The Secrets of the Neanderthals



A 75,000-year-old Neanderthal skeleton found in the mountains of Iraq is believed to have been a woman aged in her mid-forties, according to researchers who pieced her skull back together.

The skull of the skeleton, unearthed at the Shanidar Cave site 500 miles north of Baghdad and named Shanidar Z, has been recreated as part of a new Netflix documentary called Secrets Of The Neanderthals.

The programme, which screens tonight, looks at what the fossil record tells us of their lives and disappearance and is narrated by Patrick Stewart.

When archaeologists from Cambridge University and Liverpool John Moores found Shanidar Z in 2018, her skull had been flattened to around two centimetres thick.

It had been crushed, possibly by rockfall, relatively soon after death and then compacted further by tens of thousands of years of sediment.

More than 200 pieces of the skull were pieced together freehand to return it to its original shape.

Without pelvic bones, the team relied on sequencing tooth enamel proteins to determine the sex of the skeleton – believed to be female in her mid-forties.

Teeth were also used to gauge her age through levels of wear and tear – with some front teeth worn down to the root.

At around five feet tall, and with some of the smallest adult arm bones in the Neanderthal fossil record, her physique also implies a female.

The team used a glue-like consolidant to strengthen the bones and surrounding sediment then removed Shanidar Z in dozens of small foil-wrapped blocks from under seven-and-a-half metres of soil and rock within the heart of the cave.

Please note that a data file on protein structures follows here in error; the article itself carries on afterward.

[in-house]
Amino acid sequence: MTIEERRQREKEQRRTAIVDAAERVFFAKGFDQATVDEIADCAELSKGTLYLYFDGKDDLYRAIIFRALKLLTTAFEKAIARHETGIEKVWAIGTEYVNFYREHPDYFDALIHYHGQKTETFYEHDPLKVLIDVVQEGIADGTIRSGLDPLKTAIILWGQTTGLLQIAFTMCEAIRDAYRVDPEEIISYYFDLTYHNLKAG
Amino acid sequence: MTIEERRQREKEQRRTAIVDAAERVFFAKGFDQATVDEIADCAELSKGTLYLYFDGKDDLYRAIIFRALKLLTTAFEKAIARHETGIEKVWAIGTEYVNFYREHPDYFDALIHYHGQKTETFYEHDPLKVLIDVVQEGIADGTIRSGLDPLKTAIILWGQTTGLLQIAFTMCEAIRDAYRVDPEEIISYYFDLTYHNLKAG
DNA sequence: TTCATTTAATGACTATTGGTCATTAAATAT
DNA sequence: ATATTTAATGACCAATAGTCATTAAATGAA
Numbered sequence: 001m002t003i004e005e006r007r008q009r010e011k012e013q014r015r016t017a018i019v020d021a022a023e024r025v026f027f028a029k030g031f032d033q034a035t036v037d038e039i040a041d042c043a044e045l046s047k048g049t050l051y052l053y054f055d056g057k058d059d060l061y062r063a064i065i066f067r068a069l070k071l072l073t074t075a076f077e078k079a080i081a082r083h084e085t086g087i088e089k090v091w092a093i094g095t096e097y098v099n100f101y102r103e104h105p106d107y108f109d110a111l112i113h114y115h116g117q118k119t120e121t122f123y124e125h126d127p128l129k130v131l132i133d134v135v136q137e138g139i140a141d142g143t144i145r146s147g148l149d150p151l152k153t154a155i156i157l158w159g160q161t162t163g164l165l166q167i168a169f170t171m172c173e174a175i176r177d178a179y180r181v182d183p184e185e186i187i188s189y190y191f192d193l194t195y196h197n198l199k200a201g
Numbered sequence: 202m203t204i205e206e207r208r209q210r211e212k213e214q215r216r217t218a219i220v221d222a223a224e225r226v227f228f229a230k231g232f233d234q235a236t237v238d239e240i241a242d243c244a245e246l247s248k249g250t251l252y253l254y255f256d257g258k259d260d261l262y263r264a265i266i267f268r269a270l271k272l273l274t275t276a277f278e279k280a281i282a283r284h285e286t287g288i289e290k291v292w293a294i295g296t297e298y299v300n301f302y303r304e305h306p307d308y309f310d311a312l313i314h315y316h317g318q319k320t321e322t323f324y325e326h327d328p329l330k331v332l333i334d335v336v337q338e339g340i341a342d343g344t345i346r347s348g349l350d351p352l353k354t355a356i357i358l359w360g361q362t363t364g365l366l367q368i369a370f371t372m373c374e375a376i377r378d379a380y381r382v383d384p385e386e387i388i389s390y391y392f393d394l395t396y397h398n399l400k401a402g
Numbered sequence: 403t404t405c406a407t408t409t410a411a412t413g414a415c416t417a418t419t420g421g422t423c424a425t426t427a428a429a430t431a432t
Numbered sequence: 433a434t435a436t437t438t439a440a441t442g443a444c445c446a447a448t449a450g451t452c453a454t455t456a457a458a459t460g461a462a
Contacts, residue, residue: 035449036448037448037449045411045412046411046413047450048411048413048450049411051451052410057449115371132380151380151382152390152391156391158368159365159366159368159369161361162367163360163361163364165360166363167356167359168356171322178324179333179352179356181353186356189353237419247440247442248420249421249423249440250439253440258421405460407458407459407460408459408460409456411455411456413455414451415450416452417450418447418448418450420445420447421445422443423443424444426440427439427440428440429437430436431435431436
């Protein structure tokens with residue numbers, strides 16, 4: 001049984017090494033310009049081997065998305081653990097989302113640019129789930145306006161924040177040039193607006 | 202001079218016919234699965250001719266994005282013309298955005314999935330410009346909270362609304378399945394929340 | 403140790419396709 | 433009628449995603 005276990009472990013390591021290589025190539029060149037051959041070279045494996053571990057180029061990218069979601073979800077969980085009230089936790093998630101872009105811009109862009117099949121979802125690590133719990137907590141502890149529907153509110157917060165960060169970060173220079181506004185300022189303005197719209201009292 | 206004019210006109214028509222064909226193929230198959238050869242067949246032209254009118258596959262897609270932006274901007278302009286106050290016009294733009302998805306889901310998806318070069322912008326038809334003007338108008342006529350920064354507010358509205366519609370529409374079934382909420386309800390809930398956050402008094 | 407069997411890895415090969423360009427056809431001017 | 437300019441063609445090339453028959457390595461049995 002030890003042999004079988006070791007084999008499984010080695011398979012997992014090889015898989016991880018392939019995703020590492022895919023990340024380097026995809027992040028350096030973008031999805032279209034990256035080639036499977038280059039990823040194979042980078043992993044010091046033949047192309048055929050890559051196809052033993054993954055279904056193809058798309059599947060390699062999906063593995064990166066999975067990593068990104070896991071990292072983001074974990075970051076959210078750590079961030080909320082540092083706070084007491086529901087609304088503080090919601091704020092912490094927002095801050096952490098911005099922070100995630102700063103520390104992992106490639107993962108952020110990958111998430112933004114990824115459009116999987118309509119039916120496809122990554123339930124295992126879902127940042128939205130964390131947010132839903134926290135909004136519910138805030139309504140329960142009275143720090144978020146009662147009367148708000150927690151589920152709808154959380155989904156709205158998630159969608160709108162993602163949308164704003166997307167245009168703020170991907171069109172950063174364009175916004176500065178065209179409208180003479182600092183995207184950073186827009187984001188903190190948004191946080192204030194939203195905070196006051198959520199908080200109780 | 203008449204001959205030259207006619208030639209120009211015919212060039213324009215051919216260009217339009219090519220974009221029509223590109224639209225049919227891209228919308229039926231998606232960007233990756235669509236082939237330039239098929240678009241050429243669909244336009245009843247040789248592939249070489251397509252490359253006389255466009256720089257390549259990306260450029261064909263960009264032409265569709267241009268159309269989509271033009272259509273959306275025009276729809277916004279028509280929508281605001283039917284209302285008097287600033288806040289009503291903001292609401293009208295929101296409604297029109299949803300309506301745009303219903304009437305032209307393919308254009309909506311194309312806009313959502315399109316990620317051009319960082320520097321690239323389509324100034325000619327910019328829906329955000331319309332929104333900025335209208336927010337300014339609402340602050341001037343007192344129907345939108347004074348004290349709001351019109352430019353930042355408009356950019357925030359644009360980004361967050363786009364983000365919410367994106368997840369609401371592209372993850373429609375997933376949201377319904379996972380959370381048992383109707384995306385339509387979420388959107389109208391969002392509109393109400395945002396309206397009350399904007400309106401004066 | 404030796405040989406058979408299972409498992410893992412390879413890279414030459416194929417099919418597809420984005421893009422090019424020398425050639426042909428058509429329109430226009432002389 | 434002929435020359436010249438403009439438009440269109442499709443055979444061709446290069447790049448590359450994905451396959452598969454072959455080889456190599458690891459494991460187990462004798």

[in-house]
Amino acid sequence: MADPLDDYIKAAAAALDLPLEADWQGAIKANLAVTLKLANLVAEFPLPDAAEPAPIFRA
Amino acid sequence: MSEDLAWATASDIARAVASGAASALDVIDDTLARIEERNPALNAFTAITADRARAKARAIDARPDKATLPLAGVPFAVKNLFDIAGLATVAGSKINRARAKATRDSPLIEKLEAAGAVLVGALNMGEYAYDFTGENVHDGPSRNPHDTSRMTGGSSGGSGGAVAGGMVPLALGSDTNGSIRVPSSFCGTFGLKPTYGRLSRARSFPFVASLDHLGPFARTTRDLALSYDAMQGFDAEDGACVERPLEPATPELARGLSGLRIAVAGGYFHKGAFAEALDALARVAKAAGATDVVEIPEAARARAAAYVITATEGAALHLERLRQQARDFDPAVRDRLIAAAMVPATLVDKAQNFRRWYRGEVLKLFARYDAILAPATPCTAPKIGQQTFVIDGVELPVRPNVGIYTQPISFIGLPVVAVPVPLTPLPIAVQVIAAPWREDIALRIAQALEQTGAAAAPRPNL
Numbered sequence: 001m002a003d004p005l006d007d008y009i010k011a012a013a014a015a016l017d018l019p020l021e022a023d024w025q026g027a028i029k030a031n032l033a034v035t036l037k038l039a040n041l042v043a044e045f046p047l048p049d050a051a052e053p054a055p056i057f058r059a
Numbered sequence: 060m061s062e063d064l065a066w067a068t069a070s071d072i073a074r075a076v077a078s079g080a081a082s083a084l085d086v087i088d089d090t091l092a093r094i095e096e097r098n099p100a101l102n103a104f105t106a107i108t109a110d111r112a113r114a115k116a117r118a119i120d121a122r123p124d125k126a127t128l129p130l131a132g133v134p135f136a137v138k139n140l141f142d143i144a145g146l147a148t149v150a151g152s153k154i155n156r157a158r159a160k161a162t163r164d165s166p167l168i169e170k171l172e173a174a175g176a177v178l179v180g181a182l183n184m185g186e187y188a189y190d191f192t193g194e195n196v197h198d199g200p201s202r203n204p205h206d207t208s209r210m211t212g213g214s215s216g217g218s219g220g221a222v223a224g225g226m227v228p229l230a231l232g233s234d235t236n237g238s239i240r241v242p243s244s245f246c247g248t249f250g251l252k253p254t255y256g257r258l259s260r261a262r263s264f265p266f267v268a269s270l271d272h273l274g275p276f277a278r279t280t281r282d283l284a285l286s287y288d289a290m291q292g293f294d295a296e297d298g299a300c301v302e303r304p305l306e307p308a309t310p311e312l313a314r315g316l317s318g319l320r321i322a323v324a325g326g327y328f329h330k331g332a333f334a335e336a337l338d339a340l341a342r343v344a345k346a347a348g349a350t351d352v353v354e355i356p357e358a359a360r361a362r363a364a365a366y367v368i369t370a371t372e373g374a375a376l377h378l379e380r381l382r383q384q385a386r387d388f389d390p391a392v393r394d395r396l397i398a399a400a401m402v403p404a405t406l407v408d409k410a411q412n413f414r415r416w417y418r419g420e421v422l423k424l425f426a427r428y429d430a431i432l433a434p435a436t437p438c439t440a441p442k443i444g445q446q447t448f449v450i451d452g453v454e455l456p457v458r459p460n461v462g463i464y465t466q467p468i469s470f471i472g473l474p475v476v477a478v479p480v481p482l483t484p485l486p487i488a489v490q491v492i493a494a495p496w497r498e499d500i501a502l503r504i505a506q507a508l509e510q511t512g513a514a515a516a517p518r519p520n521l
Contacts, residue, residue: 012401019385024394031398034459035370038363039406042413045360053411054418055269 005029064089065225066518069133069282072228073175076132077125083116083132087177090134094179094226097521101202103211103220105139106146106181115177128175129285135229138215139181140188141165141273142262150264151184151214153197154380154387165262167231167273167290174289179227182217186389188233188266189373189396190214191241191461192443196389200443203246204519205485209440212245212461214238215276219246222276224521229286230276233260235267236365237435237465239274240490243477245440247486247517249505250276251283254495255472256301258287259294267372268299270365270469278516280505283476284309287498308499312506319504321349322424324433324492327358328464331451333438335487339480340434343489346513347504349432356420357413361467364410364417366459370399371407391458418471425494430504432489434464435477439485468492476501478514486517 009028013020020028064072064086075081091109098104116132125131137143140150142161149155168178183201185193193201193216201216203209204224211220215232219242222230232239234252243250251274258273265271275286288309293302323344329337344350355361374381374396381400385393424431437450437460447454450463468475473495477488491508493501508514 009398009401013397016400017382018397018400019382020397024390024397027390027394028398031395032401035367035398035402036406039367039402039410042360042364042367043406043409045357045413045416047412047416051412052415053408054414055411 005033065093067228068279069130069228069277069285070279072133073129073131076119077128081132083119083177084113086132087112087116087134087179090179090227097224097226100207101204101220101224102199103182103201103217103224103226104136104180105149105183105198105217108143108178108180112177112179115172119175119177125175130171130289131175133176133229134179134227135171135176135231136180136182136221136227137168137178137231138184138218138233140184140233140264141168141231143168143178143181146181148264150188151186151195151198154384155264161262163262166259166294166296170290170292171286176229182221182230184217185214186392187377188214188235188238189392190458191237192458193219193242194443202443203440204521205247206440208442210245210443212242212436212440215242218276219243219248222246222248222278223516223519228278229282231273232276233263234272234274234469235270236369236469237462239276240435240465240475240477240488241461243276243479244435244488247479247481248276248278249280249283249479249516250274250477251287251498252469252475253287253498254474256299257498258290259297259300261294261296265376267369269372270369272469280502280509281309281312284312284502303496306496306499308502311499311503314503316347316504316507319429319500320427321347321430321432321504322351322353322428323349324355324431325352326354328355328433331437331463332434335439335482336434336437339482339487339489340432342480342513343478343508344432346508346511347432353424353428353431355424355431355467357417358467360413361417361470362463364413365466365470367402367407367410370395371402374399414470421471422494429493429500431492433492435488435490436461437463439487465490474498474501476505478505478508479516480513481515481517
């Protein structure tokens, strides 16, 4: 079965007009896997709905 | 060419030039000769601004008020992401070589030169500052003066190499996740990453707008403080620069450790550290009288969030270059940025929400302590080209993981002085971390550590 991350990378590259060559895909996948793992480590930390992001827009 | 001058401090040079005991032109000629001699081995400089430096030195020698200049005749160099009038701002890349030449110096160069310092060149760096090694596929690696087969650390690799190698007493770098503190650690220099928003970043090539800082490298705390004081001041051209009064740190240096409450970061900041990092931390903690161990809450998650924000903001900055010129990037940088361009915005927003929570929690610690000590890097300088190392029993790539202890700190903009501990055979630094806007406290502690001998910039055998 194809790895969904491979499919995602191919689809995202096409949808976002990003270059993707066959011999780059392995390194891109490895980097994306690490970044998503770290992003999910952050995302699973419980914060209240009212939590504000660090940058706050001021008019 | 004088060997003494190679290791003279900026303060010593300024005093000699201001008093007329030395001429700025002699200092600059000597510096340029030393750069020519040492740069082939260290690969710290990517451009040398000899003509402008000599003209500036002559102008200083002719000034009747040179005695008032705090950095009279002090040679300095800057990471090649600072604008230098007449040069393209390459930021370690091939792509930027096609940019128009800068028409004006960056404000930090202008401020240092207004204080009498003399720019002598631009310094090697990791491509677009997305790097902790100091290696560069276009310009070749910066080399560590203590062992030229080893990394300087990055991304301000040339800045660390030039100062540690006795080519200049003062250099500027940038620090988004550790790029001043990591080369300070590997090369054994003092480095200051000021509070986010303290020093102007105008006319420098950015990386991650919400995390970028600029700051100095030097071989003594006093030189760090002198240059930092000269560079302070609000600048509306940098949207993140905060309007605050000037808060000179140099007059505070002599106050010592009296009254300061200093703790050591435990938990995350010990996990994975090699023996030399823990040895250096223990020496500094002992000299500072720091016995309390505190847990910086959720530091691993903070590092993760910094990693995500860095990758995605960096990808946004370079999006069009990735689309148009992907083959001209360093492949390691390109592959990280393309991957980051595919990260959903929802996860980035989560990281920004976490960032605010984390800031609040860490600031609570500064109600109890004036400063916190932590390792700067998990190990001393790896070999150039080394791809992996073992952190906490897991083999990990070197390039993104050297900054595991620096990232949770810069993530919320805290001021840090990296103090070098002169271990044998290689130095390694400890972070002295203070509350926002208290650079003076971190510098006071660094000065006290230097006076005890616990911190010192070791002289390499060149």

In the Cambridge lab, researchers took micro-CT scans of each block and the rebuilt skull was surface scanned and 3D-printed, forming the basis of a reconstructed head created by world-leading paleo artists (see image).

The cave has also been home to remains of 10 other Neanderthal people excavated more than 60 years ago, with clumps of ancient pollen surrounding one of the skeletons.

Archaeologists had suggested the presence of pollen indicated that the dead were buried with flowers, but a study led by Professor Chris Hunt, of Liverpool John Moores University, now indicates the pollen was left by bees burrowing into the cave floor.

Further research since Shanidar Z was found has detected microscopic traces of charred food in the nearby soil.

These carbonised bits of wild seeds, nuts and grasses suggest not only that Neanderthals prepared food – soaking and pounding pulses – and then cooked it, but did so in the presence of their dead.

“The body of Shanidar Z was within arm’s reach of living individuals cooking with fire and eating,” said Dr Emma Pomeroy.

“For these Neanderthals, there does not appear to be that clear separation between life and death. We can see that Neanderthals are coming back to one particular spot to bury their dead.

“This could be decades or even thousands of years apart. Is it just a coincidence, or is it intentional, and if so what brings them back?

“As an older female, Shanidar Z would have been a repository of knowledge for her group, and here we are 75,000 years later, learning from her still.”

 



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